The Latest on U.N. climate summit COP26 in Glasgow, Scotland:
GLASGOW, Scotland — Australian Prime Minister Scott Morrison has insisted that curbing climate change must not come at a high cost to people and businesses, saying technology will provide solutions to the climate crisis.
Australia has pledged to reach net-zero carbon emissions by 2050, and at the COP26 climate conference on Monday, Morrison said by 2030, Australia’s emissions will be 35% below 2005 levels. That is more than Australia’s commitment, made in Paris six years ago, but weaker than many other wealthy nations. The United States has committed to reductions of between 50% and 52% below 2005 levels.
Morrison said, “technology will have the answers to a decarbonized economy, particularly over time — and achieve it in a way that does not deny our citizens, especially in developing economies, their livelihoods or the opportunity for a better quality of life.”
The Australian leader said, “raising the cost of energy just impacts those who can afford it least” and said “driving down the cost of technology” would be essential to Australia hitting its net-zero target.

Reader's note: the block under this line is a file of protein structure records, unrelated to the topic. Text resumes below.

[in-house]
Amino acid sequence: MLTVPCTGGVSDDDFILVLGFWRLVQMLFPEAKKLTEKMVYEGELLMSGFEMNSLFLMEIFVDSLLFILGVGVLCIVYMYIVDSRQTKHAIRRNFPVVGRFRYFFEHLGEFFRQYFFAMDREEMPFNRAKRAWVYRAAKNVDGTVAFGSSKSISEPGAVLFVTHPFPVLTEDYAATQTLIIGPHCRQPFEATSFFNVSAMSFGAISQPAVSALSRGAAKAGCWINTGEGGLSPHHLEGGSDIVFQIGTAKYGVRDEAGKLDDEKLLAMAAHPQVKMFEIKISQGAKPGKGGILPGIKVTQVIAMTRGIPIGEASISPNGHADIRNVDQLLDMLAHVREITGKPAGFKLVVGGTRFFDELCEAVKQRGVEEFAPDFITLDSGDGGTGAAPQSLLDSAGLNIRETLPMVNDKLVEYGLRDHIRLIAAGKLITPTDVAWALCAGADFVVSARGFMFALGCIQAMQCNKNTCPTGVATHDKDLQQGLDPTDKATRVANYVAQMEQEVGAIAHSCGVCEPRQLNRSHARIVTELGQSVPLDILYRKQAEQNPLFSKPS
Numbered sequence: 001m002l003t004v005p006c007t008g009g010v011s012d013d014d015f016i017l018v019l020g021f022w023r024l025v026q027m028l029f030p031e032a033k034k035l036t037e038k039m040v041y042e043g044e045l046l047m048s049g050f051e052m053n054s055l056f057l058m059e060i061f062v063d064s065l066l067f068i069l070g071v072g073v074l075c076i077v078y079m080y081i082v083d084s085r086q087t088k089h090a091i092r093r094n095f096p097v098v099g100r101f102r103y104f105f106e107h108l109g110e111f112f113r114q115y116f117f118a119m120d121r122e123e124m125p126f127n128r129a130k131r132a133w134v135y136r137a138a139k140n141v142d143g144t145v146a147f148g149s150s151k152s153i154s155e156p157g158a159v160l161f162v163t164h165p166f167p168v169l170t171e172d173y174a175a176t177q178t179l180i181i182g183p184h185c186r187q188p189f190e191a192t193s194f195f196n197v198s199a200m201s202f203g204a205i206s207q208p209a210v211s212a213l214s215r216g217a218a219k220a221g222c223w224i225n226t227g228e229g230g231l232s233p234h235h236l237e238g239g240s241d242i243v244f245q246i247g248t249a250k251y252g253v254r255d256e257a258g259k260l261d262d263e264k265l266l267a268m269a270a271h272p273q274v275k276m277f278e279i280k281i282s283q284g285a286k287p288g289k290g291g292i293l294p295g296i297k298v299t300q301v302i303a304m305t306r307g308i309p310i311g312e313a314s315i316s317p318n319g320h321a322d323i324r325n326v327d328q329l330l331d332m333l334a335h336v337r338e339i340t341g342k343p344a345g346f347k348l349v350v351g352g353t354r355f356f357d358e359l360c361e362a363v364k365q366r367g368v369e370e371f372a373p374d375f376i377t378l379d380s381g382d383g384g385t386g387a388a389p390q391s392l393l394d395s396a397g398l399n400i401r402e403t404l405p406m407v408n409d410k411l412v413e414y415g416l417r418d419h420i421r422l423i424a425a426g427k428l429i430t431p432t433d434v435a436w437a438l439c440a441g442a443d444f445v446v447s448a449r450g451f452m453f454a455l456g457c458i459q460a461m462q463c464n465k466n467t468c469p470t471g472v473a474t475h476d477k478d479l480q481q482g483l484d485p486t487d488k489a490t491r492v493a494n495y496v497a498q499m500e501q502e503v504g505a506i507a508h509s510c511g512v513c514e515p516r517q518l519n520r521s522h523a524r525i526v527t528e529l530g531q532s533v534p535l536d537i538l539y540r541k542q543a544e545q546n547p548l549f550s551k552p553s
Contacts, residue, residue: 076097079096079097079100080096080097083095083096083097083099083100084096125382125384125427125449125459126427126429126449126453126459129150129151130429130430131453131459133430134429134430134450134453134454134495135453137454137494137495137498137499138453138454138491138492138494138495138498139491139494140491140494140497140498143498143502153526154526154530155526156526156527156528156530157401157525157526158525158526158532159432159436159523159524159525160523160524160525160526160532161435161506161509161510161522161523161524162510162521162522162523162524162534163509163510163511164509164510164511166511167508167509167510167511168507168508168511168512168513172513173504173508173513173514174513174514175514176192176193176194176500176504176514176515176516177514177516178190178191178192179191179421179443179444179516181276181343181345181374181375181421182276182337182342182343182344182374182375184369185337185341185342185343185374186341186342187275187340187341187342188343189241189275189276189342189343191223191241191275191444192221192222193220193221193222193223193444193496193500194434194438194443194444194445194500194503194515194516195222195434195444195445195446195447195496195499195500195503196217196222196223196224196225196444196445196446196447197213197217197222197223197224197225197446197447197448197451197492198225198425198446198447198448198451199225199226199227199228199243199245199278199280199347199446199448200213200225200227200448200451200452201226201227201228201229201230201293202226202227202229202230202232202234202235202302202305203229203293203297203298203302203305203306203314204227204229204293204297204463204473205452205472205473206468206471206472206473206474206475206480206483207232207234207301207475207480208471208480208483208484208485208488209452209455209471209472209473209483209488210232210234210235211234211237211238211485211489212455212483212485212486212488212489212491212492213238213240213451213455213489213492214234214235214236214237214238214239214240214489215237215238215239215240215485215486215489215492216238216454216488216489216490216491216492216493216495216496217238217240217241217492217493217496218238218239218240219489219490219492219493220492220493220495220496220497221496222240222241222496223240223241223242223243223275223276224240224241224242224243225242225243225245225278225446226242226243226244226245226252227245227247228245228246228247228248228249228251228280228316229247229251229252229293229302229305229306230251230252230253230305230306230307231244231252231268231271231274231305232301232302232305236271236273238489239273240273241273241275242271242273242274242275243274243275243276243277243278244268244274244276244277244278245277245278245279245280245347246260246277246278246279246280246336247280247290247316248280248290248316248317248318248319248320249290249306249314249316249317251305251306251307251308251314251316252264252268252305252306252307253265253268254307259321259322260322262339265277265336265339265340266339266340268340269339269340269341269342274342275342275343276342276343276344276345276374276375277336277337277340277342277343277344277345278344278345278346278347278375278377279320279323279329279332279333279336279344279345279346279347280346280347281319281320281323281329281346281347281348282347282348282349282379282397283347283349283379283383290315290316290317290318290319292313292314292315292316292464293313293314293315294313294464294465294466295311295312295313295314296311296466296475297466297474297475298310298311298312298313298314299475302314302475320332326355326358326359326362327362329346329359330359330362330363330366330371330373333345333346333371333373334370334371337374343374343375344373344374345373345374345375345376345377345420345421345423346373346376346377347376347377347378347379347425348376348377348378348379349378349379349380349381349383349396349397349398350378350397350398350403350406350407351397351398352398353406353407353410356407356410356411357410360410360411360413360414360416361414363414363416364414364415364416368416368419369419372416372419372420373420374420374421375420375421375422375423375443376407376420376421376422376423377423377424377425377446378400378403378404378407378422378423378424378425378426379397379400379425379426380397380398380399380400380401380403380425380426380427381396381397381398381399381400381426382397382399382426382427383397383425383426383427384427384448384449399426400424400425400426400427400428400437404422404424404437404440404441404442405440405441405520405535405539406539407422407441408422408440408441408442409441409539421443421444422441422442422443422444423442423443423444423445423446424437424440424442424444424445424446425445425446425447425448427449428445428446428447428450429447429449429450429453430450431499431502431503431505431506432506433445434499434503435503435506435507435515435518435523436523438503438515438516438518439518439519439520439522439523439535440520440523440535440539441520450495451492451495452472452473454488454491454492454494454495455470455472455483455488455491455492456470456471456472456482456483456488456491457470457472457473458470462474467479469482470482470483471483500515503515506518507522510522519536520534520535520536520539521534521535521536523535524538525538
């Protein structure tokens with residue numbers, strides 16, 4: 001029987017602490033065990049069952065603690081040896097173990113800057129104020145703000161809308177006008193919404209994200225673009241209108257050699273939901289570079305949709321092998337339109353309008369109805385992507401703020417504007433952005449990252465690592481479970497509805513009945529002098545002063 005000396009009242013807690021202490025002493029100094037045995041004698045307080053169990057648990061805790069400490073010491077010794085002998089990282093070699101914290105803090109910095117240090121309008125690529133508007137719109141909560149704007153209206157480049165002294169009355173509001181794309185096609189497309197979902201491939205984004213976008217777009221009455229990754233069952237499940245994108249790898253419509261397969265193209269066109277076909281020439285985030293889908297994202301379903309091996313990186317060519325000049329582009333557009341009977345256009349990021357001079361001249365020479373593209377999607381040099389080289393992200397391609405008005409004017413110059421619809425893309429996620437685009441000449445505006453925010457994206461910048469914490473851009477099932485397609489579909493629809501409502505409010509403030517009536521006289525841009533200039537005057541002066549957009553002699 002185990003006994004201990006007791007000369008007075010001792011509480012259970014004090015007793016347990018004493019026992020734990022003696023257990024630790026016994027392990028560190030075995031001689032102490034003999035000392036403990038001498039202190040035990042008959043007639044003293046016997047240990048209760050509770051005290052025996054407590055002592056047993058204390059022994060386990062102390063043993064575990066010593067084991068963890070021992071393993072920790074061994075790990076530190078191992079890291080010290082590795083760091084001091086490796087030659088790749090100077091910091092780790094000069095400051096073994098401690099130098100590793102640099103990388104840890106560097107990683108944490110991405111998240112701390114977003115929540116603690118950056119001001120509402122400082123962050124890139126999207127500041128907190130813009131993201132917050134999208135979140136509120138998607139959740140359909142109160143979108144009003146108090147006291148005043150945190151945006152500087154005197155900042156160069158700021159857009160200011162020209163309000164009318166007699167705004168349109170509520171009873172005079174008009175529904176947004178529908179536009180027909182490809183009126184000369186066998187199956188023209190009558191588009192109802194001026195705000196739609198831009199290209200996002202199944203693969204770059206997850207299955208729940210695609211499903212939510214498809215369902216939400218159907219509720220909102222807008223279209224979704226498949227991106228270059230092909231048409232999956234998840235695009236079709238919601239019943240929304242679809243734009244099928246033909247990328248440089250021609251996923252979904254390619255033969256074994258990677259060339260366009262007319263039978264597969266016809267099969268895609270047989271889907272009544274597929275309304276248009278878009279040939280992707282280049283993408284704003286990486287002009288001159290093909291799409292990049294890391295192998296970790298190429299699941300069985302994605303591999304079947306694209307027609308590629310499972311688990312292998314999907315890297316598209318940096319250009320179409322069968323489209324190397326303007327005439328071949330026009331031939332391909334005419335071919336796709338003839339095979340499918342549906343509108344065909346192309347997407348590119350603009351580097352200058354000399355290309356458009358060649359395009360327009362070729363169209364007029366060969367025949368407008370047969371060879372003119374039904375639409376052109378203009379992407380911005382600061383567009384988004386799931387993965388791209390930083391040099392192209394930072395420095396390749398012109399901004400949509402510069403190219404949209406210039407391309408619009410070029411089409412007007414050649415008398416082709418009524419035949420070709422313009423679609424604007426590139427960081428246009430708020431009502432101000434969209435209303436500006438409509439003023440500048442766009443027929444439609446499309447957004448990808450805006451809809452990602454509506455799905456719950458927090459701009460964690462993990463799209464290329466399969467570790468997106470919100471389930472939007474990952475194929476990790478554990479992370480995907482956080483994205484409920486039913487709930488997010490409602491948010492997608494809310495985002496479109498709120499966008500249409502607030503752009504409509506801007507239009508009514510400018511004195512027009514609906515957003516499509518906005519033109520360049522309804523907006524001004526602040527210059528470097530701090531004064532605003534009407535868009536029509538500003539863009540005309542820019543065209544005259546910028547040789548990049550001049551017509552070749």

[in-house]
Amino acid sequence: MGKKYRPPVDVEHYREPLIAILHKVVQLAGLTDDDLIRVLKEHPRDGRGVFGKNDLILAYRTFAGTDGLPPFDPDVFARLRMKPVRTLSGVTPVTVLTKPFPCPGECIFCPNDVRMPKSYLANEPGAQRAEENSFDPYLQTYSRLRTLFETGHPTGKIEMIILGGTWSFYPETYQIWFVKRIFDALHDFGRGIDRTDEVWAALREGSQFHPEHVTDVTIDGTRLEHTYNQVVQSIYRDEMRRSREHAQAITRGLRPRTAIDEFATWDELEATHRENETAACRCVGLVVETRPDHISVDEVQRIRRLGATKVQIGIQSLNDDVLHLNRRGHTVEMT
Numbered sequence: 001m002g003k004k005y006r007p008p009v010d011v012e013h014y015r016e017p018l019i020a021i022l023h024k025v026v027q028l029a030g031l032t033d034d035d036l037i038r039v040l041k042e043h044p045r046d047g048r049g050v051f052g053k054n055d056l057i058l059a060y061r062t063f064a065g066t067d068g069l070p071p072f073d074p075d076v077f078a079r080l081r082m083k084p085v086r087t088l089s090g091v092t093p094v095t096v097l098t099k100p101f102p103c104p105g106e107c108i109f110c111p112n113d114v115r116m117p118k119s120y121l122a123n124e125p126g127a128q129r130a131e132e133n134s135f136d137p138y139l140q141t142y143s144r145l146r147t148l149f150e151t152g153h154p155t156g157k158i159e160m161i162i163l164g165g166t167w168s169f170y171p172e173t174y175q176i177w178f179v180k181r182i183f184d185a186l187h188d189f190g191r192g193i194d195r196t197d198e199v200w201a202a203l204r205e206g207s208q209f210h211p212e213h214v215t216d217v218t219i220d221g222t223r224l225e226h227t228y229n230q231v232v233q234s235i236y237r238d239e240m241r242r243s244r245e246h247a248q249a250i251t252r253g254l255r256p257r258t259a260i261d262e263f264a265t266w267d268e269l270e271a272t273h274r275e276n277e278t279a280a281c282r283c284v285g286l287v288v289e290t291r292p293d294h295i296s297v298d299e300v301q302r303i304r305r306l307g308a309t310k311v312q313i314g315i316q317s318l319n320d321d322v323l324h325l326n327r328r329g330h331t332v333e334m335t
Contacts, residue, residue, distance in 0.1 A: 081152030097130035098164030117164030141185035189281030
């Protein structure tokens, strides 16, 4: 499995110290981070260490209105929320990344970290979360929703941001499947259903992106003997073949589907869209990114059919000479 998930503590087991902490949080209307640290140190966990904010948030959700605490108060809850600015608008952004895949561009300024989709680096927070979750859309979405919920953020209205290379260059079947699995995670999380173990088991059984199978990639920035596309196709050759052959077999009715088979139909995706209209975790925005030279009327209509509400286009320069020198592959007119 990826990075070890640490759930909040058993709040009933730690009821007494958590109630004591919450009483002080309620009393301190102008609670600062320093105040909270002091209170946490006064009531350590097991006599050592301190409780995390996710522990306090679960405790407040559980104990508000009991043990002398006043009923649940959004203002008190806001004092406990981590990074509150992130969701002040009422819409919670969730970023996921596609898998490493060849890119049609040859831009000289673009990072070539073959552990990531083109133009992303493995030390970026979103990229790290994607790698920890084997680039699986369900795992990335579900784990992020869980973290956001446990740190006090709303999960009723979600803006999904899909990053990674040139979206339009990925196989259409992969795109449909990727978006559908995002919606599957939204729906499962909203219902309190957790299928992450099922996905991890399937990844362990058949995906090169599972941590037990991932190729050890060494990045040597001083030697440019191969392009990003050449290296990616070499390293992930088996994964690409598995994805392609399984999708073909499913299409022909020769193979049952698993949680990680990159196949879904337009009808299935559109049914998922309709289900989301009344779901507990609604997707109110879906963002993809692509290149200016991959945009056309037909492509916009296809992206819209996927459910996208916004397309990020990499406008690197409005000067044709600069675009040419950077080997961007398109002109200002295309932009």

GLASGOW — India’s prime minister says his country will aim to stop adding greenhouse gases to the atmosphere by 2070 — two decades after the United States and at least 10 years later than China.
Prime Minister Narendra Modi announced the target Monday at the U.N. climate summit in Glasgow.
Modi said the goal of reaching “net zero” by 2070 was one of five measures India planned to undertake to meet its commitments under the Paris climate accord.
Experts from think tanks and universities said the move is significant, considering how new the concept is to India and the nation’s development status. Ulka Kelkar, who directs India’s climate policy analysis for the World Resource Institute, said it would be similar to the U.S. and Europe adopting net-zero goals 20 years ago.